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Rodeo, New Mexico
December 13, 2006
A short ways further along the road, take the turnoff into the Windows area. You’ll be richly rewarded with an incredible array of unusually shaped rock formations and numerous arches. We hadn’t driven far (in 2003) when we spotted a couple of climbers scaling what looked like a giant thumb. We didn’t see any climbers this time (2006). In May of this year, rock climber Dean Potter made a controversial filmed climb of Delicate Arch that caused park officials to further restrict climbing activities.
Parking at Windows trailhead, we took the easy one-mile loop trail to and around North and South Windows, two oval-shaped arches that look like eyes. A small spur leads to Turret Arch. These three were our first arches, and it was an amazing feeling to stand under them, rather, inside of them. Afternoon sun made the sandstone glow orange-red. They’re very popular, so don’t expect solitude here.
It was almost sunset when we arrived at the trail to Double Arch. Less people here. A quarter-mile trail leads into this unique and lovely arch. It was formed in two ways: The top portion resulted from water in a pothole eventually penetrating its way through the top of the rock to the alcove below, making a hole, which continues to be widened by erosion. The lower sibling arch formed in the more usual way, a fin whose middle eroded more quickly than the sandstone around it. The rocks of Double Arch are distinctively striped with desert varnish.
We’d encountered Parade of the Elephants on our arrival to the loop, but hadn’t appreciated just how much they really do look like big lumbering sandstone-colored pachyderms until we saw them at last light. It would hardly have surprised us to hear the thunder of their approaching hooves, but instead, it was perfectly still, a magic moment, frozen in time.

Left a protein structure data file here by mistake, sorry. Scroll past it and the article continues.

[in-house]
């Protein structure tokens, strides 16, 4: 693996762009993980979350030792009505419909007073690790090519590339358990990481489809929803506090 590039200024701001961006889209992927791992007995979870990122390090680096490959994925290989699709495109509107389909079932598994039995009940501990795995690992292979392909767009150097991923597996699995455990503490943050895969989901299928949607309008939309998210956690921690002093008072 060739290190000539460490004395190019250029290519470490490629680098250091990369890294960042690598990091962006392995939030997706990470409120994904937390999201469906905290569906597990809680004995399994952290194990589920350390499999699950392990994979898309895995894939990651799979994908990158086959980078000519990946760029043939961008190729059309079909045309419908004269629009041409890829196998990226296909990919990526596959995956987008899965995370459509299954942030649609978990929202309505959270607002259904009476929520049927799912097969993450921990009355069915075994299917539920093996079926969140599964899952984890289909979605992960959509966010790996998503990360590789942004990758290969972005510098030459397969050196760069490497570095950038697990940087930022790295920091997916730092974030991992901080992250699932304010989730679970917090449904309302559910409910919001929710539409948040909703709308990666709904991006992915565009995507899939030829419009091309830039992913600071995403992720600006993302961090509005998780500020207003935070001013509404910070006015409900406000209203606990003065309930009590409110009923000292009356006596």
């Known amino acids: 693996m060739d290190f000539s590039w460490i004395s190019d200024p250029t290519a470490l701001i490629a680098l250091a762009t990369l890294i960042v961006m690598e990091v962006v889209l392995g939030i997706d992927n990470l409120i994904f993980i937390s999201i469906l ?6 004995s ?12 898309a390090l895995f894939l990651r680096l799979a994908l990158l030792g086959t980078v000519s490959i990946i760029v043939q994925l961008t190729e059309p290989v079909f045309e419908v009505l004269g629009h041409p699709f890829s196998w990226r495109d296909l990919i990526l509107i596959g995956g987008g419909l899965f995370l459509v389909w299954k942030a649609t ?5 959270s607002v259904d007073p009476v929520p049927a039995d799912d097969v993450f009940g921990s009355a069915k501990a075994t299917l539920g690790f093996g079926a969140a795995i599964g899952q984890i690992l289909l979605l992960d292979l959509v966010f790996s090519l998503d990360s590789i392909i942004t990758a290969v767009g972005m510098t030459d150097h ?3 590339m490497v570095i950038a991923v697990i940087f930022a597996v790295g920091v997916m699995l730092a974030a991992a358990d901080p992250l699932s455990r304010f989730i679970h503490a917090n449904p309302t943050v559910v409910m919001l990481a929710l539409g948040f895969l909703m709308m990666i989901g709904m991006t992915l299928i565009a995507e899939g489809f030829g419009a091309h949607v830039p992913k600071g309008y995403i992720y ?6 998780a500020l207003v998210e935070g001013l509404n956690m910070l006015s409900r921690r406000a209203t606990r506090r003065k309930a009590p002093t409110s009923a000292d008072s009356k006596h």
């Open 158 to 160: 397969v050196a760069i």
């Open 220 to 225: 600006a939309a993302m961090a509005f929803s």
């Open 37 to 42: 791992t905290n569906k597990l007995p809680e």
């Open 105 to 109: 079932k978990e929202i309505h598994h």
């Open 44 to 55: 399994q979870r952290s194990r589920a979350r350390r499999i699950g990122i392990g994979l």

For everything you ever wanted to know about natural arches, check out the Natural Arch and Bridge Society’s website.
From journal Magical Arches in the Rain
Cleveland , Ohio
September 10, 2001
We started with a walk up a gravel path to the North Window. This massive arch was impressive all by itself, but when coupled with the view of its partner, the South Window, it took on a unique formation. When viewed from the "primitive" portion of the trail, it appeared as though a pair of eyes was looking at us! One of our guidebooks referred to these as "spectacles of sandstone". The term "primitive trail" seemed like a bit of a misnomer to us. We found that it was not hard to hike (there was only one small place to scramble up) and as trails go, it was more civilized than many we have followed in other National Parks.
Turret Arch was easy to visit from the trails nearest the Windows. This freestanding arch has a large pillar of sandstone on one side. It took only a little imagination to understand how it got its name!
The trail to Double Arch was on the other side of the Windows parking lot. This was a short, in and out walk which allowed us to get directly under the arches. Here, two slender arches are joined on one side. This is actually a combination of perforated fins and a pothole arch (a horizontal arch). Regardless of what geologists might call it, this was an awesome formation – both immense and graceful at the same time.
The names of many of the Park’s arches were elusive, even shortly after we visited them. Our visit to the Windows Area left indelible impressions and the names of these arches stayed with us long after we left Moab.
From journal Arches National Park - Red Rock Fantasy